News from, and about, Northern Journal

News from, and about, Northern Journal
Walking the docks in the Kodiak village of Old Harbor last week. (Brian Venua/KMXT for Northern Journal)

Greetings from Northern Journal headquarters — also known as my couch, here at home in Airport Heights.

I'm just back from an amazing reporting trip to Kodiak. I'd been there twice before, each time briefly to cover the biennial Fish Debate, but this trip was longer. In addition to my time in Kodiak city, I spent a few days in the Alutiiq/Sugpiaq villages of Ouzinkie and Old Harbor, talking to residents about their access to the island's commercial fisheries. Fourth of July in Old Harbor is not an event to be missed; while you'll have to wait a few months for the full story, I can share that I was victorious in the hill race and the sack race (my closest rival face planted about 10 yards from the finish), while I got smoked in the hula hoop-off.

The village of Old Harbor sits on the southeast corner of Kodiak Island. Sitkalidak Island, home to a bison herd managed by Old Harbor's tribal government — and also the site of an infamous grounding of a Shell offshore oil drilling rig in 2013 — is at right. (Nathaniel Herz/Northern Journal)

This email is meant to provide some updates on Northern Journal itself, and to ask for your help.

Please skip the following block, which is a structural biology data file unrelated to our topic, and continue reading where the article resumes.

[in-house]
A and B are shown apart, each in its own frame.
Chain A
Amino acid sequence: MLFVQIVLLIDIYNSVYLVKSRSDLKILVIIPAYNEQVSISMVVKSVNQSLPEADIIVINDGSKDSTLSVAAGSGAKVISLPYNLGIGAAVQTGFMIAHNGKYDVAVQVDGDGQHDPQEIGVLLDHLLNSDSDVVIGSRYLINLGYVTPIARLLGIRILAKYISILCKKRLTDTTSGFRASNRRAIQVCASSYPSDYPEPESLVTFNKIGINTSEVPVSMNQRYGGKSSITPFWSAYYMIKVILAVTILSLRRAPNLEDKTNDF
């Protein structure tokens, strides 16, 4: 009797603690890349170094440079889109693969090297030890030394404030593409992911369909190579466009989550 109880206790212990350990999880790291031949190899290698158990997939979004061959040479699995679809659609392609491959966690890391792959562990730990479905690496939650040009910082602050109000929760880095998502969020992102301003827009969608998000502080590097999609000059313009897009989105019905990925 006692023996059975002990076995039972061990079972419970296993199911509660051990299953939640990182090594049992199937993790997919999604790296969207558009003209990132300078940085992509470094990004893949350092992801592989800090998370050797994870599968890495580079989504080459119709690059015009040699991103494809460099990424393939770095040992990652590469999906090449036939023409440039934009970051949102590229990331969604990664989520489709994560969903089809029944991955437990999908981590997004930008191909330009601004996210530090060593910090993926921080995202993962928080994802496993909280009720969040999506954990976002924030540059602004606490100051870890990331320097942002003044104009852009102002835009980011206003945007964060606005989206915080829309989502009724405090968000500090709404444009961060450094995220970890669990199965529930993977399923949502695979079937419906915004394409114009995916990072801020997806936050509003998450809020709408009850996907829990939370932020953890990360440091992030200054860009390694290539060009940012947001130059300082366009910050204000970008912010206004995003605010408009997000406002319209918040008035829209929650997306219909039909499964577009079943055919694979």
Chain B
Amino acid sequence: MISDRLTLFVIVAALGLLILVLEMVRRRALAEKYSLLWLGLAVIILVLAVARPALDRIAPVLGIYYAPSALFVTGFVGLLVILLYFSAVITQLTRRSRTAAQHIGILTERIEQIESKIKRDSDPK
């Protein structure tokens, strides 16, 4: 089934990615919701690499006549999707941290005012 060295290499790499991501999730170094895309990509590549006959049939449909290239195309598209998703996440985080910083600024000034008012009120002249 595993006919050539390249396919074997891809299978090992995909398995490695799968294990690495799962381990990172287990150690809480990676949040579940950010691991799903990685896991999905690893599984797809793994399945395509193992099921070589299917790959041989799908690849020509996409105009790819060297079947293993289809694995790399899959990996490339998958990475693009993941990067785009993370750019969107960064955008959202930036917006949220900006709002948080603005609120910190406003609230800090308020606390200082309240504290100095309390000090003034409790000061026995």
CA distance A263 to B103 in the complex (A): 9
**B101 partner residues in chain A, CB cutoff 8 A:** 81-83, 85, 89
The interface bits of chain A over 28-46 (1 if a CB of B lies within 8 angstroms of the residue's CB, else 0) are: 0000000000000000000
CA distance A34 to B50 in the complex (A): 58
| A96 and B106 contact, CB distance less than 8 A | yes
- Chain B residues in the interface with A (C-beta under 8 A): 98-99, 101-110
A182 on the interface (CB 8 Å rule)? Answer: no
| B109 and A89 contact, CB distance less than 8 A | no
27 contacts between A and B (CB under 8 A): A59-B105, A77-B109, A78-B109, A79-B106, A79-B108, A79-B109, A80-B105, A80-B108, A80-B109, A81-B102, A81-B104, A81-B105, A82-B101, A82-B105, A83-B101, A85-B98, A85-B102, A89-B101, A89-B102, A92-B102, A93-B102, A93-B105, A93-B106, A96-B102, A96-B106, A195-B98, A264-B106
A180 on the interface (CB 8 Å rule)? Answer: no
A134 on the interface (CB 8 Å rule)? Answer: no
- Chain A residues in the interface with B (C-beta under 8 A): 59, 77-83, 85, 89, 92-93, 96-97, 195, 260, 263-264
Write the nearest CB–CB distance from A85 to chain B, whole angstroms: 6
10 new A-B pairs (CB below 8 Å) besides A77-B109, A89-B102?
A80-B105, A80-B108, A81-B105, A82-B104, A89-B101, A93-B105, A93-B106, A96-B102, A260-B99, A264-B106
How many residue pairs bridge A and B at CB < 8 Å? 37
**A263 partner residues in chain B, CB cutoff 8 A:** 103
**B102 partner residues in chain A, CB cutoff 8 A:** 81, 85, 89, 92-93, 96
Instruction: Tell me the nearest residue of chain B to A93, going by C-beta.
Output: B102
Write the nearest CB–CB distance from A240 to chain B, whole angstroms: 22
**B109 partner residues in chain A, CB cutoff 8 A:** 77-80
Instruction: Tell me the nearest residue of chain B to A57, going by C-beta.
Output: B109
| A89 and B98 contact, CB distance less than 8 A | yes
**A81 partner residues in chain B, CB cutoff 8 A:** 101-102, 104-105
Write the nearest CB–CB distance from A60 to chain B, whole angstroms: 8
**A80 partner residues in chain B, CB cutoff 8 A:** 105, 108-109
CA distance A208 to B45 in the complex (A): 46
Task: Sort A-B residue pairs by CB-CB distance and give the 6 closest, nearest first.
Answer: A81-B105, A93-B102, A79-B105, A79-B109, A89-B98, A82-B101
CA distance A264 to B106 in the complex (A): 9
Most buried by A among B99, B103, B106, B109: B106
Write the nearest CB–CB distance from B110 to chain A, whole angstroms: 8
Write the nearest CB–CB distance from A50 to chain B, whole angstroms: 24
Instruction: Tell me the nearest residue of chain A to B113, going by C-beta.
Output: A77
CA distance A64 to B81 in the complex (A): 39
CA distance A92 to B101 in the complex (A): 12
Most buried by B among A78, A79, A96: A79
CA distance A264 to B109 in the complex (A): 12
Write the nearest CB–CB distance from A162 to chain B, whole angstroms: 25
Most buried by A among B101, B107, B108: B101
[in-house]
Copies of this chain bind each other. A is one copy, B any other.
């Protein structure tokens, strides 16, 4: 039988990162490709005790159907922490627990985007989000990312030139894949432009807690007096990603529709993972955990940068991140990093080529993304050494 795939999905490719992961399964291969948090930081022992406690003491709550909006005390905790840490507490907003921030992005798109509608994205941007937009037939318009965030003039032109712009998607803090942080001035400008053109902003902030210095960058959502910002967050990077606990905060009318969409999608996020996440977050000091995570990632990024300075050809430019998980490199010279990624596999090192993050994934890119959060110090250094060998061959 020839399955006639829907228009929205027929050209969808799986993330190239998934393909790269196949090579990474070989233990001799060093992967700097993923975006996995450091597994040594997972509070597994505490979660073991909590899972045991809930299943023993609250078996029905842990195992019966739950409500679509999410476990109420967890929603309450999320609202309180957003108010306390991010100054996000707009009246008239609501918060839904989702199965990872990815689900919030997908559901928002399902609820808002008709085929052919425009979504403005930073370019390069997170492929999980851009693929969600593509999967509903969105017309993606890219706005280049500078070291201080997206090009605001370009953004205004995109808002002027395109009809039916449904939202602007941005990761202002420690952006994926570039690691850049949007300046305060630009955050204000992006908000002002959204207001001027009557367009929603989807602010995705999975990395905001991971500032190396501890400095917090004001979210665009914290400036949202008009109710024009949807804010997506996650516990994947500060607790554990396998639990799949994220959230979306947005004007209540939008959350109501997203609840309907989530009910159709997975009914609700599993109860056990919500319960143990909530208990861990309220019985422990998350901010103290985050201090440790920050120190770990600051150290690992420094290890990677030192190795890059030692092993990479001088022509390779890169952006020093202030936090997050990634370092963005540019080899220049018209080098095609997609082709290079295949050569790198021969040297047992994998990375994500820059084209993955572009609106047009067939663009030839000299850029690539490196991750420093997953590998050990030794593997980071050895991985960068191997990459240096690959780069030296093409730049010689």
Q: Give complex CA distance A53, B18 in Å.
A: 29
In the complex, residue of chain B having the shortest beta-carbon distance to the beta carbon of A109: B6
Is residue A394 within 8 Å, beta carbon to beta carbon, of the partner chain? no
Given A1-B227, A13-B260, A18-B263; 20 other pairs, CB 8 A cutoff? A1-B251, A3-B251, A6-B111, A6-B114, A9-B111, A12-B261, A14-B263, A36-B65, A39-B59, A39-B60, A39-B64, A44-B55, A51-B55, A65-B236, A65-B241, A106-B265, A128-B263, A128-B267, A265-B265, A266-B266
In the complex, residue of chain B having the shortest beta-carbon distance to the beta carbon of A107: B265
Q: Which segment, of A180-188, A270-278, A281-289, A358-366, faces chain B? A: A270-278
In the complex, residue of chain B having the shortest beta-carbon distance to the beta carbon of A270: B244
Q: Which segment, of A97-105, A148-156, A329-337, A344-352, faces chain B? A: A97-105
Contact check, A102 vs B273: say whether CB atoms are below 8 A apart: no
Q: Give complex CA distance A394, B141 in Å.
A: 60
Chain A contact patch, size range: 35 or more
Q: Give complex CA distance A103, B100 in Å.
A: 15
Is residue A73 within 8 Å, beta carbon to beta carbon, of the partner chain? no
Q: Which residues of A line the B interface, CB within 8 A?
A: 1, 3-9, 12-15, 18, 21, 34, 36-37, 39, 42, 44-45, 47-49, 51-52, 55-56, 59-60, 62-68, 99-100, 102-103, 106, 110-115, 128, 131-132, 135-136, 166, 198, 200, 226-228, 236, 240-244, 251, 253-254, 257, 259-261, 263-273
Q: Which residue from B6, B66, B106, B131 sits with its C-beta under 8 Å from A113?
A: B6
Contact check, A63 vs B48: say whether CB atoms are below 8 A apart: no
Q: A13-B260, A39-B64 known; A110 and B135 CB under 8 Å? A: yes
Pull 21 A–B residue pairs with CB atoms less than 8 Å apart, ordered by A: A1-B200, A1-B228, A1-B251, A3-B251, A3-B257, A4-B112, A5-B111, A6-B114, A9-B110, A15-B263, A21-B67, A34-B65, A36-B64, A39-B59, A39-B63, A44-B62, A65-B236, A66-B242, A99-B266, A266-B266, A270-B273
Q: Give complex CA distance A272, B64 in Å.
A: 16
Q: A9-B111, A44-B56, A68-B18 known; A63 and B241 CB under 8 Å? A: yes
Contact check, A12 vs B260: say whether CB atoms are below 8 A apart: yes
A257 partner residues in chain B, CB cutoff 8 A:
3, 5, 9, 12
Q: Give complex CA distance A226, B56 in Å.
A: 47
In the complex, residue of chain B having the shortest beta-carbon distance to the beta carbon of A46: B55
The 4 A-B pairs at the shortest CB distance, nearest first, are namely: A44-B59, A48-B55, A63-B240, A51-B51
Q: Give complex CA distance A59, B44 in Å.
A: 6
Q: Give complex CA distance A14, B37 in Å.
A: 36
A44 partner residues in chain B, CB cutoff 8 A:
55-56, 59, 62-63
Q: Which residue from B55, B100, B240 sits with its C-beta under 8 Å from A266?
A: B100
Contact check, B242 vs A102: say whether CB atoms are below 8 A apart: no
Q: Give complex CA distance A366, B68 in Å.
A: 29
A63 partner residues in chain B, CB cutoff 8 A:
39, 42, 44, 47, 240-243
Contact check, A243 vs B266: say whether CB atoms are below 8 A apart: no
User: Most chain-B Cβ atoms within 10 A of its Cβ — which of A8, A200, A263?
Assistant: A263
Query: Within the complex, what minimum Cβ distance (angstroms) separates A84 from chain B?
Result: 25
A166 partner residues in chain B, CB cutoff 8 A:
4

The updates are first. Some exciting news: a few weeks ago, the Pulitzer Center, a nonpartisan, nonprofit organization that funds reporting and journalism education, announced the recipients of a new, year-long fellowship program focused on local news engagement. I was one of them.

The fellowship functions, effectively, as a grant with additional support and training opportunities. In my case, it will largely fund travel and other elements of a project looking at access to commercial fisheries across coastal Alaska. The focus is on two key decisions decades ago by the state's voters and policymakers to privatize some of Alaska's most lucrative fisheries — for salmon, halibut and black cod. Over the next few months, I'll visit a few other Gulf of Alaska communities to hear from residents about the effects of those programs. If this is an issue you've worked on or care about, I'd love to hear from you.

In addition to this not-insubstantial project, I'm still publishing ongoing stories on Alaska's government and natural resources; recent pieces included a feature on the state of the commercial fishing industry, and a story that I commissioned from freelancer Max Graham on a North Slope carbon capture project. I also took a significant step intended to make Northern Journal's business model more sustainable: I switched the platform that hosts my newsletter and website. 

Substack, the tech startup that I launched with in 2022, took 10% of all my revenue in exchange for a not-especially-functional interface; their chief executive has also defended hosting Nazis on the platform. Ghost, the open source system I recently switched to, charges a much more affordable flat annual fee — and its founder has committed to removing pro-Nazi content.

You shouldn't notice any changes to your newsletter subscription from the switch. If you have a paid yearly or monthly membership, you should still get a notification from Stripe — my payment platform, which has stayed the same between Substack and Ghost — before your card is charged. But please drop me a note if you have questions about your membership.